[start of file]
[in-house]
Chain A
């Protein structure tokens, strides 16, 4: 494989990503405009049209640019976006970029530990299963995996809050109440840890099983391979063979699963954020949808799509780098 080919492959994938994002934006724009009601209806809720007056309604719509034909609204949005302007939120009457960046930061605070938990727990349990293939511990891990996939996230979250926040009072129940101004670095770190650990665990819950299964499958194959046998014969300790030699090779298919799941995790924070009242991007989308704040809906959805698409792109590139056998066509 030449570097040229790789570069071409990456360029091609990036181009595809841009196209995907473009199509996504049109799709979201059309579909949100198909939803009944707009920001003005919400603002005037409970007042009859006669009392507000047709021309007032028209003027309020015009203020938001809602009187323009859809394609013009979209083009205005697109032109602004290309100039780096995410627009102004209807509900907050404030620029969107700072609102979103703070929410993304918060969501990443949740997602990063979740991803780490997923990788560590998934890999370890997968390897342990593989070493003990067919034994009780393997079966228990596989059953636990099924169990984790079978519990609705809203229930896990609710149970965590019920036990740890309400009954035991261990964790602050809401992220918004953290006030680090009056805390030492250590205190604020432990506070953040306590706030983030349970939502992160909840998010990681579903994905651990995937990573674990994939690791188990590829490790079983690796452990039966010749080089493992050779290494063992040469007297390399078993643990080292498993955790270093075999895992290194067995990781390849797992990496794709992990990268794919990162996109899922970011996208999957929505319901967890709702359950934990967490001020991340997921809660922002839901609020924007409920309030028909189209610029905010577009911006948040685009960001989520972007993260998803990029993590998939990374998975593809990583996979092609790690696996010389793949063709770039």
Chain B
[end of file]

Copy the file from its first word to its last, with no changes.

[in-house]
Chain A
């Protein structure tokens, strides 16, 4: 494989990503405009049209640019976006970029530990299963995996809050109440840890099983391979063979699963954020949808799509780098 080919492959994938994002934006724009009601209806809720007056309604719509034909609204949005302007939120009457960046930061605070938990727990349990293939511990891990996939996230979250926040009072129940101004670095770190650990665990819950299964499958194959046998014969300790030699090779298919799941995790924070009242991007989308704040809906959805698409792109590139056998066509 030449570097040229790789570069071409990456360029091609990036181009595809841009196209995907473009199509996504049109799709979201059309579909949100198909939803009944707009920001003005919400603002005037409970007042009859006669009392507000047709021309007032028209003027309020015009203020938001809602009187323009859809394609013009979209083009205005697109032109602004290309100039780096995410627009102004209807509900907050404030620029969107700072609102979103703070929410993304918060969501990443949740997602990063979740991803780490997923990788560590998934890999370890997968390897342990593989070493003990067919034994009780393997079966228990596989059953636990099924169990984790079978519990609705809203229930896990609710149970965590019920036990740890309400009954035991261990964790602050809401992220918004953290006030680090009056805390030492250590205190604020432990506070953040306590706030983030349970939502992160909840998010990681579903994905651990995937990573674990994939690791188990590829490790079983690796452990039966010749080089493992050779290494063992040469007297390399078993643990080292498993955790270093075999895992290194067995990781390849797992990496794709992990990268794919990162996109899922970011996208999957929505319901967890709702359950934990967490001020991340997921809660922002839901609020924007409920309030028909189209610029905010577009911006948040685009960001989520972007993260998803990029993590998939990374998975593809990583996979092609790690696996010389793949063709770039």
Chain B